The issue isn't winter—it's that we all have a home.
Wednesday was my first day at my first ALEC convention.
I wore my most conservative outfit and did my best Michele Bachmann impersonation.
To say I had no idea what to expect at the American Legislative Exchange Council is an understatement.
In fact, after joining ALEC, registering for the conference and shelling out almost $1,000 in conference and hotel fees, the group still wouldn't send me a conference agenda.
This led me to wonder what they were hiding.
After three attempts to obtain the agenda by my legislative office for this week's Chicago conference, I finally received a bootleg copy from another interloper.
While I arrived in Chicago knowing little about what the day held, by the end of the day one thing was clear -- I was on another planet.
ALEC brings together a whole galaxy of resources to persuade state legislators to enact a special interest and corporate agenda that includes privatizing everything that is public (including education) so that corporations can make more money, eliminating federal regulations that could interfere with corporations making as much money as possible and disabling the federal government so that it really can't do much.
As keynote speaker Stephen Moore, founder of the Club for Growth and writer for the Wall Street Journal, stated, "What we really need is more rich people," regardless of the cost to everyone else.
Though legislators and corporations supposedly co-exist in the ALEC universe, it was abundantly clear to me that the special interests and big corporations use the gravitational pull of money and resources to set and control the agenda. During a workshop on limiting the power of the federal government, the Citizens for Self-Governance promised a bevy of resources, including bundling campaign contributions and training an "army" of grassroots activists, to legislators leading their states in calling for a constitutional convention to, among other things, prohibit federal mandates on states. The presenters entreated legislators to act now to "save the Republic."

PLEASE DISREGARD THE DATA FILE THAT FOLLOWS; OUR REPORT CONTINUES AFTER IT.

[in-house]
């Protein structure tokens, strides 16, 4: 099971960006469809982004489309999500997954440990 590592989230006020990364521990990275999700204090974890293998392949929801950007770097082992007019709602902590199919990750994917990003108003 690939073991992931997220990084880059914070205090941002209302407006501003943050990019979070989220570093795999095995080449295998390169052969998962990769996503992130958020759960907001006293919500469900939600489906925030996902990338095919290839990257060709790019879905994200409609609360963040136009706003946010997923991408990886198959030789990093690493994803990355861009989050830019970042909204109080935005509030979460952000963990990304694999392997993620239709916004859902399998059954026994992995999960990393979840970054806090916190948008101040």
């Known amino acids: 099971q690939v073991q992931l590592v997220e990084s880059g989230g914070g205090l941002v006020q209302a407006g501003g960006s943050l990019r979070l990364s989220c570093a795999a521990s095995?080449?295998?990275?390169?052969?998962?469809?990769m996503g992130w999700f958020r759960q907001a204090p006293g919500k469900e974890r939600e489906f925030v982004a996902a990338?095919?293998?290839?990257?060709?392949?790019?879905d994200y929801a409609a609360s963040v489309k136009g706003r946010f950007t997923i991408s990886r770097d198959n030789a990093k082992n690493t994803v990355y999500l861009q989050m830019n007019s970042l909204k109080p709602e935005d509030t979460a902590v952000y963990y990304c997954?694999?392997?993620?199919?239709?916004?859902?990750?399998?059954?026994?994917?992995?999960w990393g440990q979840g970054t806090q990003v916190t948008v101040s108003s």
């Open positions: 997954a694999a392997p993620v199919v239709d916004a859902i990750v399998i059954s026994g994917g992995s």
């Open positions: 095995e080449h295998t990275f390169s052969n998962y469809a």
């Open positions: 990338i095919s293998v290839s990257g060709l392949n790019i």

One special interest lobbyist I spoke with advocated a convoluted constitutional amendment strategy to require that all federal agency regulations receive Congressional approval. When I responded that voters might not be that excited about changing the constitution for regulatory "reform," he responded that you didn't really need the consent of the people if you had Republican control of enough states and the corporate money that would surely fund such an initiative. In the ALEC universe, policies no longer have to be by the people or for the people.
It is actual people who seem to receive little thought on the ALEC agenda, despite repeated calls by almost every presenter (to all those corporations and special interest groups in the room) to put the people back in control of their government.
ALEC is having success helping corporations solidify their control of the government. According to the Center for Media and Democracy, in the 2011-2012 Wisconsin legislative session, 19 ALEC bills became law, including the ban on collective bargaining rights for public employees, the Castle Doctrine and Voter ID.
When looking at limiting access to and remedies in the judicial system, approximately 200 ALEC model bills have been passed throughout the country in this area alone.
To cap off my bizarre first day, ALEC held its welcome reception at the Alder Planetarium, complete with unlimited food, drink and a trip through the universe.
I did not just feel like I was on Mars. I got a close up view, while literally traveling through space with individuals who were in a completely different orbit.
Wisconsin State Rep. Chris Taylor (D-Madison) was elected in 2011. After an unsuccessful attempt by Republicans to gerrymander her out of the legislature, she now represents a significant portion of the Isthmus and downtown Madison, including the Wisconsin State Capitol. An attorney, wife and mother, she previously worked as the public policy director for Planned Parenthood of Wisconsin.